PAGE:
This is the second volume of a trilogy which is most definitely not for the faint hearted. I read the three books while recovering from surgery, and would recommend them only to SF fans in a similarly compromised situation.

It follows the first Martian colonists as they regroup in the wake of their unsuccessful first revolution and prepare for a second revolution, rebranded a 'phase change' by diplomat Art Randolph who masterminds it. This leads to the running question throughout the book, bearing in mind that Art works for one of the Terrestrial 'multinationals', as to whether the Martians are being duped.

It is slower moving than the first volume, 'Red Mars'. So much space is given to discussions of the philosophy of science and economics that it might be described as 'self indulgent'. One gets the impression that because Robinson won the Nebula award for 'Red Mars', no copy editor would dare suggest he prune any padding from a sequel.

Its great saving grace is that the characters, who appeared to represent ideas rather than human beings in 'Red Mars', become more real. My favourite character became the scientist Sax Russell: certainly partly because I could relate to his perception of scientific conferences as 'Utopia'; possibly also because of the endearing way in which he allows himself to be seduced by the evil Phyllis Boyle; probably mostly because of his irrepressible ability to see positive opportunities in every situation. There is, however, a circle of shadowy secondary characters who are harder to get to know, and I often found myself annoyingly flicking back through both books to try and find earlier references to them, in order to rediscover their roles.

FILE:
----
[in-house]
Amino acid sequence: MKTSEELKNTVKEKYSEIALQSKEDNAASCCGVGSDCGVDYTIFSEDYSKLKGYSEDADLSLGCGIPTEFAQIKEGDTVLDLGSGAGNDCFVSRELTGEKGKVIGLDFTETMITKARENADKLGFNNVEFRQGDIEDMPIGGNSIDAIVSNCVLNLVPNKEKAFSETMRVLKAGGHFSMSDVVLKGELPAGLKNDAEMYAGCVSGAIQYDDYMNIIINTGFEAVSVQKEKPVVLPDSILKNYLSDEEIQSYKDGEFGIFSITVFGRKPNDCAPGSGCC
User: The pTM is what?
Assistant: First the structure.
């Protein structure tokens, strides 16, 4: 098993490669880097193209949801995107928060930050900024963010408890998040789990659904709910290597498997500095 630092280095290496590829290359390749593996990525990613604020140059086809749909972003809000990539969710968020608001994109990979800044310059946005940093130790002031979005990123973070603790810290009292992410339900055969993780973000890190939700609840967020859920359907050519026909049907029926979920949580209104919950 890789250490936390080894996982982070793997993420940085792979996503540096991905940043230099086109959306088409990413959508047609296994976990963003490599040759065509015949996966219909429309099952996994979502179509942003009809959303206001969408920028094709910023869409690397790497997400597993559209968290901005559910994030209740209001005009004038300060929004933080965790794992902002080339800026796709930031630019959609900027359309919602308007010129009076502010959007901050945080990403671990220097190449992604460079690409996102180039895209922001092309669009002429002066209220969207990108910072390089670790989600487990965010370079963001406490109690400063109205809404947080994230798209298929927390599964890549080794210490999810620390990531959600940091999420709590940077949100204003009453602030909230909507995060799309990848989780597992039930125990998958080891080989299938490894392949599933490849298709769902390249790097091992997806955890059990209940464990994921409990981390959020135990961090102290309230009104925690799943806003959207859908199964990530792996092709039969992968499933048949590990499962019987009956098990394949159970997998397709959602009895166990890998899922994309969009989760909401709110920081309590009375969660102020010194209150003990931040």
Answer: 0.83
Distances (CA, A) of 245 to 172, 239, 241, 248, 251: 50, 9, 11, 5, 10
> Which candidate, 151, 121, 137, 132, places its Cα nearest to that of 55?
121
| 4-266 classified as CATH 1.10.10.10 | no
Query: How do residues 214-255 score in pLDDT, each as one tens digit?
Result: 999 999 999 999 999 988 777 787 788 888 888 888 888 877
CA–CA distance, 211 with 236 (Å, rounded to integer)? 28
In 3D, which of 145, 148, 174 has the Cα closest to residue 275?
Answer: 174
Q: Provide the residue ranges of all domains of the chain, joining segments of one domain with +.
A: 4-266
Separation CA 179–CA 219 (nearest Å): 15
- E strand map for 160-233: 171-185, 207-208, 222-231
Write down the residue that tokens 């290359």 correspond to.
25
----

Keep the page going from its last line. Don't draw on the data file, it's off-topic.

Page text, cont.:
There is more humour than in 'Red Mars' - as if the author is more relaxed now that he has won a Nebula Award. Again, there are surprises in the plot, and I frequently had the feeling that I had absolutely no idea where it was going.
Comment Was this review helpful to you? Yes No Sending feedback...
Thank you for your feedback. If this review is inappropriate, please let us know.
Sorry, we failed to record your vote. Please try again
6 of 7 people found the following review helpful By Kenny Macleod on 5 Jan. 2005
Format: Paperback
Like the first book, Red Mars, at times this can read more like a history textbook than a novel. The book is broken up into sections, each written from the point of view of various characters. This gives each part a personal spin, but breaks up the overall narrative somewhat, leaving the reader a bit dislocated. It also lacks the exploring-the-unknown, hard science aspects of Red Mars, but that was inevitable given the plot.

That said, it's superbly well thought out, and utterly, completely convincing. If you liked Red Mars, this is worth the follow-up.
Comment Was this review helpful to you? Yes No Sending feedback...
Thank you for your feedback. If this review is inappropriate, please let us know.
Sorry, we failed to record your vote. Please try again

Most Recent Customer Reviews



Feedback